And if that don't make your eggnog curdle, you're tougher than you look.


In my constant search for chocolate perfection, I have traveled the world, selflessly sacrificing my ability to fit into size 36 pants so I can learn of the best of all possible chocolates and pass the information on to you, my beloved readers.

So of course, when the best all-time ever-in-the-world chocolate-covered cashews come my way, it's not the result of any search (or sacrifice) of mine.

Nooooo. It was my cousin from L.A. who sent along a 22-ounce tin of chocolate-covered cashews from The Peanut Roaster.

And to add insult to injury, do you want to know where The Peanut Roaster is located?

Henderson, North Carolina. (On the web at www.peanut.com, or call 1-800-445-1404.)

And do you know why my cousin sent us twenty-two ounces of perfect chocolate-covered cashews?

Because he is evil, and very thin.

Honestly, folks, the cashews inside are excellent, but it's the chocolate that makes these into jewels. It's the same quality of milk chocolate that I never thought I'd see again when I left Brazil thirty years ago. In those days, my addiction was to the chocolates at the Copenhagen stores in São Paulo.

Nobody in America ever attempted to make anything so good. Until now.

I've never seen these in a store. If I had, I would be living in a tent outside that store.

But because it came as a gift from my evil, can't-gain-weight-no-matter-how-hard-he-tries cousin, I can't even go out and buy more. I have to wait, a whole miserable year, until next Christmas.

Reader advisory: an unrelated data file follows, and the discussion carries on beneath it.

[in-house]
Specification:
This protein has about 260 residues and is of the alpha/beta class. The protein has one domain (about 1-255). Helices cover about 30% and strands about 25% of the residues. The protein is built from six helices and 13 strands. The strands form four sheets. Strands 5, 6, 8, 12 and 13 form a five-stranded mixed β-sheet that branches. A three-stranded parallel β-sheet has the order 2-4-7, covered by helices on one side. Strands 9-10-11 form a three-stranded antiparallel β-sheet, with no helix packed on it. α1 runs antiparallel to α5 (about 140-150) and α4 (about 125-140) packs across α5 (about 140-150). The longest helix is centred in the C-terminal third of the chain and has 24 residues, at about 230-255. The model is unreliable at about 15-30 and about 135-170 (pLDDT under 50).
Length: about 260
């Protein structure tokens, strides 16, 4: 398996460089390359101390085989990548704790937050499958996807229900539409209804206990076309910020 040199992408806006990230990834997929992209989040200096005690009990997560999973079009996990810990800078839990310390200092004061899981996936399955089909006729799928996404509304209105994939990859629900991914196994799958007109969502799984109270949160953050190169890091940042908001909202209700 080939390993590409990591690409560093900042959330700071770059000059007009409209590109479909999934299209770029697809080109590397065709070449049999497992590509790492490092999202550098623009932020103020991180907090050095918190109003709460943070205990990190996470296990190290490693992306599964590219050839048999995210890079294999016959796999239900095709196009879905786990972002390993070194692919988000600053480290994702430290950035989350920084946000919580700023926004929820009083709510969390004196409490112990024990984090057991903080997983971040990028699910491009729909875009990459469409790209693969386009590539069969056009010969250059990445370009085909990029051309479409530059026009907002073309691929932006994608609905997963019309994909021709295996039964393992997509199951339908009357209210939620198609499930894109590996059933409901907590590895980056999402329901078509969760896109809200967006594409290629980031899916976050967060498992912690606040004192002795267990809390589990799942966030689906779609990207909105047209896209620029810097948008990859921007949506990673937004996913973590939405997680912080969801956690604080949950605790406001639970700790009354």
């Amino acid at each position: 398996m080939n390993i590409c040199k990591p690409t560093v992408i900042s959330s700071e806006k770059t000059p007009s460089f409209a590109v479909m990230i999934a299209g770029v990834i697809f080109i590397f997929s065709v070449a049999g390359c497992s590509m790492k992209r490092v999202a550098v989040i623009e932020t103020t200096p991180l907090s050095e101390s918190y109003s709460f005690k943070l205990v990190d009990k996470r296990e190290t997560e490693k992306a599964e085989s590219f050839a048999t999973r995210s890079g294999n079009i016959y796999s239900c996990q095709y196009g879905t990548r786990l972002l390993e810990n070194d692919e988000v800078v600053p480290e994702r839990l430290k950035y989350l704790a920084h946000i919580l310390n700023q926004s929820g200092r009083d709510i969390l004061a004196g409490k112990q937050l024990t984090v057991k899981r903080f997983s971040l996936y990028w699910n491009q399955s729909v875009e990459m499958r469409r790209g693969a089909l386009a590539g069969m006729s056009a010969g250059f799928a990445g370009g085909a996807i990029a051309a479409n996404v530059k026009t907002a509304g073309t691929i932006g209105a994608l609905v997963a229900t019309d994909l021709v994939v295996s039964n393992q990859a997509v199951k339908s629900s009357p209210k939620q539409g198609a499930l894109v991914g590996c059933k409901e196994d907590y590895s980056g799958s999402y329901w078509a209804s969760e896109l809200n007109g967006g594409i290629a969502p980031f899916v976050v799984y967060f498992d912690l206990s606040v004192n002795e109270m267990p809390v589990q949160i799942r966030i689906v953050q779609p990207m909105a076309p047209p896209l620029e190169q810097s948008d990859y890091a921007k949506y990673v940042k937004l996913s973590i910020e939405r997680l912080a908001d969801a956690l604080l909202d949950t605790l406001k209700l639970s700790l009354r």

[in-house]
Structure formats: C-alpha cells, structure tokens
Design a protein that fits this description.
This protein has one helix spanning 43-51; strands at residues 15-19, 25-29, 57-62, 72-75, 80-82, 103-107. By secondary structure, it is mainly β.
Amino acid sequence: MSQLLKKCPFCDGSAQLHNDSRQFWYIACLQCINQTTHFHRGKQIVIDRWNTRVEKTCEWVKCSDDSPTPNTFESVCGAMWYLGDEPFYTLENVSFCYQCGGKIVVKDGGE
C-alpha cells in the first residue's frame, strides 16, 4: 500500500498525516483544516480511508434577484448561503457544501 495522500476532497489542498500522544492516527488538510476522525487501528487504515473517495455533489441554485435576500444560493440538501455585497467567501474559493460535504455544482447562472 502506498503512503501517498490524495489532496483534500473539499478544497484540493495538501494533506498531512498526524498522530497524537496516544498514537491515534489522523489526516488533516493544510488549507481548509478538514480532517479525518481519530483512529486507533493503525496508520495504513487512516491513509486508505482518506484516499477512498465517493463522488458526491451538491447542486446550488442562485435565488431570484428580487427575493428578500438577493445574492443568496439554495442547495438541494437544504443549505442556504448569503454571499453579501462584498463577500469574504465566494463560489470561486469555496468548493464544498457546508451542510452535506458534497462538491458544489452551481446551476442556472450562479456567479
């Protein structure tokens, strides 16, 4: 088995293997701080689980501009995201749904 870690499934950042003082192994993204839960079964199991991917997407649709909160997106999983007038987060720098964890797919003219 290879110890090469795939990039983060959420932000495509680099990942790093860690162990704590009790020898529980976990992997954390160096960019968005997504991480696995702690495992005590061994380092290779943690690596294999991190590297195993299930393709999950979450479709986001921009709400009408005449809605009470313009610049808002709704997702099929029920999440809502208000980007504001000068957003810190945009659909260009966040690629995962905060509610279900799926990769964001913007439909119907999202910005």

And then what if he buys me something else?


These days, it seems like half the sizes in the stores are a lie.

I can wear an American extra large shirt with room to spare. But lately quite a few stores have started importing clothing from other places, where Extra Grande means "really big and loose, if you're a squirrel."

Some XL shirts I can put on and they're roomy and loose; others, I can't even get the edges together.

Same thing with pants. There are size 42 pants out there that fit tighter than a size 38. Pretty soon, sizing for men will be as chaotic as it is for women.

If you're a man in that awkward clothing-size range where you're not quite big enough to find a good selection at a big & tall store, but too big to find anything decent at regular clothing stores -- in other words, between 38 and 42 in the waist -- try going online to the Polo website (Polo.com).

Polo clothes seem to be designed to fit American men with delusions of being just a tiny bit thinner than they actually are. Which means they're loose and comfortable.


Sometimes store brands aren't cheap knockoffs. For instance, the Harris-Teeter store brand is the only cottage cheese worth eating in Greensboro (though Kroeger's was identical, before H-T bought them out). And the Target store brand of potato chips -- the "Archer Farms Market" brand -- is really very good, with an "Italian" flavor that is excellent.

Speaking of chips, I tried the Lay's "guacamole" flavor potato chip. If there's any actual avocado flavor, I can't detect it. But it's a spicy, delicious potato chip all the same -- much more highly spiced than the guacamole-flavored Dorito made by the same company.